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OHA Disappointed by Arrest of Protestor, Removal of Ahu

June 21, 2019, 7:57 AM HST (Updated June 21, 2019, 8:00 AM)
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The Office of Hawaiian Affairs issued a statement on June 20, 2019, after the June 20, 2019, announcement of the Hawai‘i Department of Land and Natural Resources’ decision to issue a notice to proceed to the University of Hawaiʻi at Hilo for the Thirty Meter Telescope (TMT) project on Maunakea

TMT protest, April 2015. PC: Kuʻ‘uipo Freitas

on Hawaiʻi Island.

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Four unauthorized structures were removed from Maunakea early yesterday by multiple state agencies. The structures were on Department of Hawaiian Home Lands property on Maunakea Access Road near the Daniel K. Inouye Highway intersection, on Department of Land and Natural Resources property near the mid-level facilities on Maunakea Access Road at the 9,000-foot elevation and on the TMT site on the summit of the mountain. They were removed “so that construction of the telescope can begin safely,” the DLNR said.

The Hawaiʻi Supreme Court ruled that the two ahu on the TMT site did not constitute a traditional or customary right or practice, and they were removed with guidance from Native Hawaiian cultural advisors.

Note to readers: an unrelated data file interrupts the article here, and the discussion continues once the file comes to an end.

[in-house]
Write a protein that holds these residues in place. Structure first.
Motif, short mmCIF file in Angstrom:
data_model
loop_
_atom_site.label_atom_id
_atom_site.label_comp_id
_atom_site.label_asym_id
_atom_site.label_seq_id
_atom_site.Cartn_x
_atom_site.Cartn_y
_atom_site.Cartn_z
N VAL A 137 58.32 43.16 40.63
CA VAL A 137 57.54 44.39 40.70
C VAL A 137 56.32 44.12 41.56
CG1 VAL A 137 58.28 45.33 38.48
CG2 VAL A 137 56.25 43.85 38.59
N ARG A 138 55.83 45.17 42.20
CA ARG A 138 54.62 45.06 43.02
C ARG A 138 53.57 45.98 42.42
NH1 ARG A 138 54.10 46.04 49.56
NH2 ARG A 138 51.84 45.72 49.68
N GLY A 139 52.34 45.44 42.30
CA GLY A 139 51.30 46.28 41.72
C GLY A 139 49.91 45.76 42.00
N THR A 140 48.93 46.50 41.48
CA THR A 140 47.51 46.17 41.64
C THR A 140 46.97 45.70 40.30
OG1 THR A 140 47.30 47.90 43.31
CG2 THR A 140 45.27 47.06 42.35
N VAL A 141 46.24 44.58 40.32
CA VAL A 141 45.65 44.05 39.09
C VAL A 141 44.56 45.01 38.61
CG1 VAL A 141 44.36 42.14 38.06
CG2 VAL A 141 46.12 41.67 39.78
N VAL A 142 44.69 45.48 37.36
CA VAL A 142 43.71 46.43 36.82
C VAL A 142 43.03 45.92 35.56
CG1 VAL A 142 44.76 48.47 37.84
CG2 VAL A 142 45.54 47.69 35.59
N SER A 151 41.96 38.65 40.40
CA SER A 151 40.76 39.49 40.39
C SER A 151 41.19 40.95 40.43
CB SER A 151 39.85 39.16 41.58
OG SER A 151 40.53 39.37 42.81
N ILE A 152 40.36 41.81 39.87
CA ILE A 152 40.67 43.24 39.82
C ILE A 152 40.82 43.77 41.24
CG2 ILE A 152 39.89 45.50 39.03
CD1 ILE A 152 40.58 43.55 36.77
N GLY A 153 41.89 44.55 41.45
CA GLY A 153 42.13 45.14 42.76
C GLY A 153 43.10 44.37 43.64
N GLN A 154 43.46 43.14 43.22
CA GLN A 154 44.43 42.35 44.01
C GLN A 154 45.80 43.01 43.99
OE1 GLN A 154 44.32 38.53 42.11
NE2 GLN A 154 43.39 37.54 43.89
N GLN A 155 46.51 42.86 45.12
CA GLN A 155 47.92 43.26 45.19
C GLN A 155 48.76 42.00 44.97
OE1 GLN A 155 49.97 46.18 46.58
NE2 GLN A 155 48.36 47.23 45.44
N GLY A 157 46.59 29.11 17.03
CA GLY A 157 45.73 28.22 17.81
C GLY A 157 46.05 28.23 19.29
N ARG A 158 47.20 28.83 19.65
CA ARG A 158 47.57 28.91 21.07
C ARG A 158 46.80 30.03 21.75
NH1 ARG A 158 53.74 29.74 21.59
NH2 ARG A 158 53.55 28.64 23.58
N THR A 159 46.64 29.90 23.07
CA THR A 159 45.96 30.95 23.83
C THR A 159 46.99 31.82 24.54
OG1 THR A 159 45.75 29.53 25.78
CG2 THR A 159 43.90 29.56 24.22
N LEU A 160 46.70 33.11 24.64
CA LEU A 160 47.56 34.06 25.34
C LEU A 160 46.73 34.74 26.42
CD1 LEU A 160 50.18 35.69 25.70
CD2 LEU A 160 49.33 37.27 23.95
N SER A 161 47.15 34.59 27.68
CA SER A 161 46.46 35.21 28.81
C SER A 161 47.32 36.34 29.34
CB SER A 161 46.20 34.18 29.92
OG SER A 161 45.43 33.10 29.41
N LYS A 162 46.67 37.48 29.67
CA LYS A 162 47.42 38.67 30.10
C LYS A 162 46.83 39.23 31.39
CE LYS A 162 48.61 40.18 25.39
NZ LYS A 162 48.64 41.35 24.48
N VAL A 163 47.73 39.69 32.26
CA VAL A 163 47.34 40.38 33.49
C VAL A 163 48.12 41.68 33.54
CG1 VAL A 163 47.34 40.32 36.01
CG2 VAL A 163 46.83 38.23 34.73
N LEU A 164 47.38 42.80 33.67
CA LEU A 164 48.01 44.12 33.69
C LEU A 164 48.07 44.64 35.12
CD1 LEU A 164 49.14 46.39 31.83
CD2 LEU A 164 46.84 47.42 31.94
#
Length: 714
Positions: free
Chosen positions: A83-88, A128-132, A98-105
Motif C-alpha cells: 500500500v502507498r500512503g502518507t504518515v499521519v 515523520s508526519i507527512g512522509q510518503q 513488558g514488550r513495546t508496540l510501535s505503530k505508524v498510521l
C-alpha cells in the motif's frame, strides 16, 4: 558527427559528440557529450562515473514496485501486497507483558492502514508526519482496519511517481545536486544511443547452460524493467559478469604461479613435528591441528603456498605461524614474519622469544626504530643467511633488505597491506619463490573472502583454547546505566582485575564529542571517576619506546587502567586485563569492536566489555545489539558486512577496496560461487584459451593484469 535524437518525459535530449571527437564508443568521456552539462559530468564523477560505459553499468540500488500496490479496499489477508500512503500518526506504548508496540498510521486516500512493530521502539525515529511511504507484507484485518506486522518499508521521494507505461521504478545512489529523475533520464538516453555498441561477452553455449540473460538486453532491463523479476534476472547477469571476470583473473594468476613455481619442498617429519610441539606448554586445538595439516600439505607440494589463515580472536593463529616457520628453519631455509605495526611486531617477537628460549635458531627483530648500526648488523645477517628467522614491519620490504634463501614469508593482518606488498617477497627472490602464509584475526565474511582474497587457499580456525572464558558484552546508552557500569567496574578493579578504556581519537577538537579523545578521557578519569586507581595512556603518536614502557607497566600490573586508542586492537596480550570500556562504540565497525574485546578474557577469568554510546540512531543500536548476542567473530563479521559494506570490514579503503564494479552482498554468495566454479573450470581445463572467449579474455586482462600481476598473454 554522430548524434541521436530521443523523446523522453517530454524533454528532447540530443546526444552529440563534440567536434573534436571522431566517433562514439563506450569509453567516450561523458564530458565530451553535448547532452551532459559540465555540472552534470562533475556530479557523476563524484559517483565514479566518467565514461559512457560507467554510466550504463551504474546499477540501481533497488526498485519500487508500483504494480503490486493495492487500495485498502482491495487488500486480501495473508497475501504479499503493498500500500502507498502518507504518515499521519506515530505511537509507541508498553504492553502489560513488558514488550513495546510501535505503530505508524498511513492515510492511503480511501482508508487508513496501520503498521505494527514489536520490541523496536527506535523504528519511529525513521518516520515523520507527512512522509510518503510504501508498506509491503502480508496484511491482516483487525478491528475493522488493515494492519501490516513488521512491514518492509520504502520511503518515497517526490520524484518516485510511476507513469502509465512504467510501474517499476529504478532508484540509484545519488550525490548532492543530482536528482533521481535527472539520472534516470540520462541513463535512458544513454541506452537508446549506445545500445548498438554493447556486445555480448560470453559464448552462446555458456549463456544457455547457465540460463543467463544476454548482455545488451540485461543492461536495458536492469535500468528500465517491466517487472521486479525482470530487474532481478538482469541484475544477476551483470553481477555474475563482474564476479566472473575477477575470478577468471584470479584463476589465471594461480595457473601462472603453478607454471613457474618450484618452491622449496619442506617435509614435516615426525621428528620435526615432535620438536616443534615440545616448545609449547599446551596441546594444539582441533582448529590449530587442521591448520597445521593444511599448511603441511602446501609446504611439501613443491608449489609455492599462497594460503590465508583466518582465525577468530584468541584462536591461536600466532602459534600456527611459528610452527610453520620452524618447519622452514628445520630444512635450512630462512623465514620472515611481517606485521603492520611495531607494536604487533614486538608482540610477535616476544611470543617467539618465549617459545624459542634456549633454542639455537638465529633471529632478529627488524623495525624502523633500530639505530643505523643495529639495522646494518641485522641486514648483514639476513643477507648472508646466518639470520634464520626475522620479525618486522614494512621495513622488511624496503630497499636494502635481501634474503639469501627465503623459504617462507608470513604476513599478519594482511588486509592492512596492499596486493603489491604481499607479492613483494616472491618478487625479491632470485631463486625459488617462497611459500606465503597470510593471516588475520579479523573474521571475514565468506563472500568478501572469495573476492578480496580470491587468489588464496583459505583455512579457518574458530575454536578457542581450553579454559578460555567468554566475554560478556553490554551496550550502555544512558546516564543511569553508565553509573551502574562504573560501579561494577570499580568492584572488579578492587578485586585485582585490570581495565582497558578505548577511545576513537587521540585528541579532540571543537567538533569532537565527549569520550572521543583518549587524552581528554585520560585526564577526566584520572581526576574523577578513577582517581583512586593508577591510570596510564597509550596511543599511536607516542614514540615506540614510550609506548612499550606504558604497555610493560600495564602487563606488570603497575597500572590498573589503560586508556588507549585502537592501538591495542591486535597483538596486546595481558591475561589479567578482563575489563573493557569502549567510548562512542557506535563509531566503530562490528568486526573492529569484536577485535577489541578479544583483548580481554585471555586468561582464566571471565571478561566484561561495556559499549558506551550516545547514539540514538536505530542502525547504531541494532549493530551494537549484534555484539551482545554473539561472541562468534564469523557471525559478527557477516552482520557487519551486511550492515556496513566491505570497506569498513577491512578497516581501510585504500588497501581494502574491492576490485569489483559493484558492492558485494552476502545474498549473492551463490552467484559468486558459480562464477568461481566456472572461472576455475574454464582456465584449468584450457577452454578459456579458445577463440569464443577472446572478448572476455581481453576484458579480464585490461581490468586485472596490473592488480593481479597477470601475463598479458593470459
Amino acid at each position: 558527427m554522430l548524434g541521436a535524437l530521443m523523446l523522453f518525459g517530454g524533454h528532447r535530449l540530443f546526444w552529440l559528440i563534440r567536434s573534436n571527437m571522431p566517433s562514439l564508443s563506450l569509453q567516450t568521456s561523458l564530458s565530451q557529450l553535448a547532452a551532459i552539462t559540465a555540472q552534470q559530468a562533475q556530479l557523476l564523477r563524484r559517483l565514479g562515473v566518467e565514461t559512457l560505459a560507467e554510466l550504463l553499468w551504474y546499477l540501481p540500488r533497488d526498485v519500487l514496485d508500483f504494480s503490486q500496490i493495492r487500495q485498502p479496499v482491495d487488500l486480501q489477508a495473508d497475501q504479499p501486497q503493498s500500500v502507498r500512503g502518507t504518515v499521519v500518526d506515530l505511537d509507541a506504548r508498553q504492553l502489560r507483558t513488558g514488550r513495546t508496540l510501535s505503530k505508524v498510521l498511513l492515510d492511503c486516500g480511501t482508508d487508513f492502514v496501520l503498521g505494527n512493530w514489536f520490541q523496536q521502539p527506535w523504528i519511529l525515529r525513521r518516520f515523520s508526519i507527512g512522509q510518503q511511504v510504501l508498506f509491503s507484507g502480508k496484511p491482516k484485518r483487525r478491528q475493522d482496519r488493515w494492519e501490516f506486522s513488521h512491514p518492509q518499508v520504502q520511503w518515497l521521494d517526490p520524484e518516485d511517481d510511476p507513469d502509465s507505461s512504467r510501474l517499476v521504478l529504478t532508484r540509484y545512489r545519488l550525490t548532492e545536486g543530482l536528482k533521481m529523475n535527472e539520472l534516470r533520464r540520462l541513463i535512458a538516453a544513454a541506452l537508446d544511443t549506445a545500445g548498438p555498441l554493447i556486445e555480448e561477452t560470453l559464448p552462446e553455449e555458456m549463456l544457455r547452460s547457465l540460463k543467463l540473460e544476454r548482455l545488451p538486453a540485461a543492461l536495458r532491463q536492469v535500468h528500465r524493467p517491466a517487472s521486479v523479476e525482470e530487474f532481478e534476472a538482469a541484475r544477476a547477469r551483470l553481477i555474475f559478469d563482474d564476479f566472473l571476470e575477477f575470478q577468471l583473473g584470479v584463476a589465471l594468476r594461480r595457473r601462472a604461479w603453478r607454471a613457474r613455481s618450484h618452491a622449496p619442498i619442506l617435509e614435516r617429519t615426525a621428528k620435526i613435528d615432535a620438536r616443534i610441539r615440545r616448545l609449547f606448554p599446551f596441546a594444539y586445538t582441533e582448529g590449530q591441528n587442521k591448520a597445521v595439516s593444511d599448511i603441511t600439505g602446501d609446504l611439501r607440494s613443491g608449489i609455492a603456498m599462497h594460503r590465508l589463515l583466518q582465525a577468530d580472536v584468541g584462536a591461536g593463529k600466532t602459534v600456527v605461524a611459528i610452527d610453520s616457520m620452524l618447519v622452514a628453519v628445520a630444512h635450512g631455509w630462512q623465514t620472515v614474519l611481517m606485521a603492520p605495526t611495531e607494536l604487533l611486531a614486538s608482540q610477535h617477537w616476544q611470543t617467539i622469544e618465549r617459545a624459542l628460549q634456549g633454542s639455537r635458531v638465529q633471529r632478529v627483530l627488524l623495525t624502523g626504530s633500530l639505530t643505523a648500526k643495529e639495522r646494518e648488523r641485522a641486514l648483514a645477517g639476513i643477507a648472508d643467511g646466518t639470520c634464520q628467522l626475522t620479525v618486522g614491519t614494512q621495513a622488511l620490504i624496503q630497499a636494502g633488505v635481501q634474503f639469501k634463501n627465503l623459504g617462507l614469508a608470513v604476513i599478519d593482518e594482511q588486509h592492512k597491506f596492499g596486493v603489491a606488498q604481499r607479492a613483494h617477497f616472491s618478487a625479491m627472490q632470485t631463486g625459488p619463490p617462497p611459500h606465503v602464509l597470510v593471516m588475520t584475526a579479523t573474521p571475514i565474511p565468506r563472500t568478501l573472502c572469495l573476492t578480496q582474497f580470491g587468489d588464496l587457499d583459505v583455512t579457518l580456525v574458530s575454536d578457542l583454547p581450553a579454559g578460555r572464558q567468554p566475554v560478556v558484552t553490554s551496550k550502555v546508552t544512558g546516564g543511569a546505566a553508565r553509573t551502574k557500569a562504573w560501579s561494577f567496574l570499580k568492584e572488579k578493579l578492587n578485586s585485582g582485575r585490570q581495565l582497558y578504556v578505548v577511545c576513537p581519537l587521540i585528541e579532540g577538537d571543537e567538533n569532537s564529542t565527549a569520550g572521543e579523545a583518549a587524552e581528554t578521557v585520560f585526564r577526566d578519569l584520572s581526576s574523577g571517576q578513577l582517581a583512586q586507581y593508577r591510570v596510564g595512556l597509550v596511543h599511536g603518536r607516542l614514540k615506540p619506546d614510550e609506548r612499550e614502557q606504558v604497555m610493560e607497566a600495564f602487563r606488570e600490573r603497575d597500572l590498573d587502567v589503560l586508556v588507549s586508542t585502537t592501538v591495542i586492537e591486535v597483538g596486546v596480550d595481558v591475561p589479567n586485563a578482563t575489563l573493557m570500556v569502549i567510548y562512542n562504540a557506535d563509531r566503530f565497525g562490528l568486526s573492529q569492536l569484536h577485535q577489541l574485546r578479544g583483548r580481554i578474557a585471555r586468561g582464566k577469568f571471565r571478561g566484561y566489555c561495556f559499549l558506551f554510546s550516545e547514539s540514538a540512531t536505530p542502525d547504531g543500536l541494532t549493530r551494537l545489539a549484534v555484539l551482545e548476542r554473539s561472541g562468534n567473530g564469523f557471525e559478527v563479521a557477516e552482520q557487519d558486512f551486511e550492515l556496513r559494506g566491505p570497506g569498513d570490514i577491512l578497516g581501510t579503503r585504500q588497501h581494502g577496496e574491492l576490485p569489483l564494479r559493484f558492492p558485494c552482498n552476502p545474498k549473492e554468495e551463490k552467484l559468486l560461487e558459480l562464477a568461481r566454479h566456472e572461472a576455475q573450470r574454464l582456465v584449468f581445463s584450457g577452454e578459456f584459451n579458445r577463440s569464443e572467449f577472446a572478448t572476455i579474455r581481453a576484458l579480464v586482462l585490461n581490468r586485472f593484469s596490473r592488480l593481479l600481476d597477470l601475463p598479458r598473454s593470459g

“The Office of Hawaiian Affairs is disappointed by the arrest of a Kiaʻi and the dismantling of several symbolic structures on Mauna Kea today. These acts and the manner in which they were conducted, with little to no consultation with the Native Hawaiian community and OHA, exemplify the state and UH’s longstanding and blatant disregard of Mauna Kea’s significance to our beneficiaries, whose deep connection to the sacred mountain was embodied by the ahu and hale pili removed today. The failure to consult with the Native Hawaiian community and OHA prevented government officials from fully understanding the mana imbued over years into these structures.

The absence of these cultural structures has deprived the Mauna of an important contemporary Native Hawaiian cultural presence on this sacred place beset with foreign activities. Today is just another sad chapter in the state and UH’s longstanding mismanagement of Mauna Kea, and only affirms the urgent need for a change in management of Mauna Kea as sought by OHA’s lawsuit against DLNR and the UH.

We ask government officials to carefully consider the safety and well-being of our people and work towards a peaceful resolution.

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